Peak District MTB launches ‘22%’ campaign.

Peak District MTB launches ‘22%’ campaign.


Peak District-based mountain bike advocacy group, Peak District MTB, this weekend launched its new ‘22%’ campaign – which aims to increase the percentage of rideable rights of way in the Peak District National Park to the level currently seen across the rest of the UK.

Currently the national percentage of rights of way that are bridleways is around 22% (Source: Cycling UK and OpenMTB), but in the Peak District National Park the figure is just 11%. This equates to just 220km of permissible routes – compared to the 2,136km of footpaths in the national park. Even if the 22% figure was reached, that would still leave 1,916km of rights of way with footpath status. Converting footpaths to public bridleways enable responsible access for walkers, horse-riders and pedal cyclists.

Peak District MTB Chair, Dan Noble, said:

“When Peak District MTB was first established around five years ago, our core goal was to increase the amount of access available to mountain bikers. In that time there have been some notable successes, especially around the fringes of Sheffield through work done by Ride Sheffield, and more recently we have had some success on the Roaches and worked with the National Trust at Lyme Park to improve access.

“However, the Peak District National Park covers some 1,437 km², the park's northern limits are on the A62 between Huddersfield and Oldham, and its southernmost point is on the A52 road near Ashbourne. In the east it borders the western fringes of Chesterfield and Sheffield and reaches as far west as the outskirts of Macclesfield. There is plenty of scope and room to improve the bridleway network.”

Mountain bikers in the Peak District

Announcing British Cycling’s support for the campaign, MTB Leadership Manager Dan Cook said:

“We are really pleased that Peak District MTB have shone a light on the lack of off-road cycling rights of way in the national park, and are building a constructive proposal to improve responsible access for people on bikes. The ground-up approach they have taken, led by park users, is really encouraging and something which British Cycling is proud to support.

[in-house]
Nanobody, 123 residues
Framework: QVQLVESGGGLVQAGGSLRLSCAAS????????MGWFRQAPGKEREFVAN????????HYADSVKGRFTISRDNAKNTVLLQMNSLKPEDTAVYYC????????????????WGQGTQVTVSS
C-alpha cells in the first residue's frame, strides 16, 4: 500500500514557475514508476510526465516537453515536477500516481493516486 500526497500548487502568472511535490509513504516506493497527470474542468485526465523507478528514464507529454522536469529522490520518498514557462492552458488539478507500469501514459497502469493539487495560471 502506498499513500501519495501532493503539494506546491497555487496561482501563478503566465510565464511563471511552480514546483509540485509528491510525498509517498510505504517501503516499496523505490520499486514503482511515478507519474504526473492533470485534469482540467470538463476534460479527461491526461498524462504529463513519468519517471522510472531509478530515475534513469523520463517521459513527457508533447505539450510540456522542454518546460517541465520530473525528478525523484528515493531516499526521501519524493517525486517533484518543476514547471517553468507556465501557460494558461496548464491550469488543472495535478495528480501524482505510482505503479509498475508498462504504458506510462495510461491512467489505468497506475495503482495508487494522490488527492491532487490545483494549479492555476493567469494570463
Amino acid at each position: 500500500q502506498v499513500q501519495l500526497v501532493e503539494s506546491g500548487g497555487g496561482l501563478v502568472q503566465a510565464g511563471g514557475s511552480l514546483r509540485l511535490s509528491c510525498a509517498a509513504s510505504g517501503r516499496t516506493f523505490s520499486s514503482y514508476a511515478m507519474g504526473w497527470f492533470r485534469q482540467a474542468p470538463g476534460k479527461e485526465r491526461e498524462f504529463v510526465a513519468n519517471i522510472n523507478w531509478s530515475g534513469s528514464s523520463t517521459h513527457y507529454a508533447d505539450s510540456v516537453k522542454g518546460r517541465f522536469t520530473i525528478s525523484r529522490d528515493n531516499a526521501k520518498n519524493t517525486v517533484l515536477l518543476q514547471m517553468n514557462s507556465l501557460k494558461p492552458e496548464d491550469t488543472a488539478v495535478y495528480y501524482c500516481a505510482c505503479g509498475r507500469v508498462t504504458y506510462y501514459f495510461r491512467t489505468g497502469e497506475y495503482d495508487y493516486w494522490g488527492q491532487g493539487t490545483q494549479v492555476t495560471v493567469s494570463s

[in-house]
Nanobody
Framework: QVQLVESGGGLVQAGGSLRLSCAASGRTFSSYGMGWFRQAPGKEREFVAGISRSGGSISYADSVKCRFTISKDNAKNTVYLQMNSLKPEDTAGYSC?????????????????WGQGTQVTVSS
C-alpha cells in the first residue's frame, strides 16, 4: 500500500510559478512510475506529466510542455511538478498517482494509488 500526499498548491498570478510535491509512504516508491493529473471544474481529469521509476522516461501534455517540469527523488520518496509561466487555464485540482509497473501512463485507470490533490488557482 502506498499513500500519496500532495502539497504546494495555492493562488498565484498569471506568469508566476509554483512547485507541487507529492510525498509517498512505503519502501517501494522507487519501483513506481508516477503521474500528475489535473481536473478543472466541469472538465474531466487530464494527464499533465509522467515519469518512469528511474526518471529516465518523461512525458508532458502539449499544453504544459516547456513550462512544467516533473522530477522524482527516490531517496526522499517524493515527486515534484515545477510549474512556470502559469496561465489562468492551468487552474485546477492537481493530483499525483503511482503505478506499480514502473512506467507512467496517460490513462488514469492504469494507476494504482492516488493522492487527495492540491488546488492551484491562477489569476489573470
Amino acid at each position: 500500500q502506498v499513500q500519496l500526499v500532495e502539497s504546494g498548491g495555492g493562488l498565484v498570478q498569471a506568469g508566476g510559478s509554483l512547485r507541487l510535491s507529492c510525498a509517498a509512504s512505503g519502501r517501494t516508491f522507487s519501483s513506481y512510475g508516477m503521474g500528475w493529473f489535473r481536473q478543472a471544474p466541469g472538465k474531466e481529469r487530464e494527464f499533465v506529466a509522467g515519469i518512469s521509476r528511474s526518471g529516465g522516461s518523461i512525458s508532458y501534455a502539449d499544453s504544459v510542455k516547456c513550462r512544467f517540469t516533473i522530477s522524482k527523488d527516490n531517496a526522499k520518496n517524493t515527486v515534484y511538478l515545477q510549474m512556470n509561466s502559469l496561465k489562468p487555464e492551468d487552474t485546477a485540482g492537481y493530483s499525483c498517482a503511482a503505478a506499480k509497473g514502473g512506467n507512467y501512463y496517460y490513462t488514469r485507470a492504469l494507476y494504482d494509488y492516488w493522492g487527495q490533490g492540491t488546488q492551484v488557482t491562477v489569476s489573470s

“The evidence is widely available: that 75% of young people who access the outdoors continue to do so later in life, and that enabling access for bikes embeds mountain biking as their activity of choice.  With 2.2 million regular mountain bikers in England currently - a number which is rising year on year - the need for appropriate and accessible off-road routes has never been greater.”

The campaign is being spearheaded by volunteer-led advocacy group Peak District MTB, but it is hoped that others, such as equestrian groups Peak Horsepower and the British Horse Society, will lend their support as the expansion of the bridleway network would benefit all users.

Peak District MTB are now asking riders to suggest which paths they think should be upgraded to a bridleway, which you can do online here. You can also support the campaign on Twitter here.

Find out more about our work to improve access for mountain bikers here.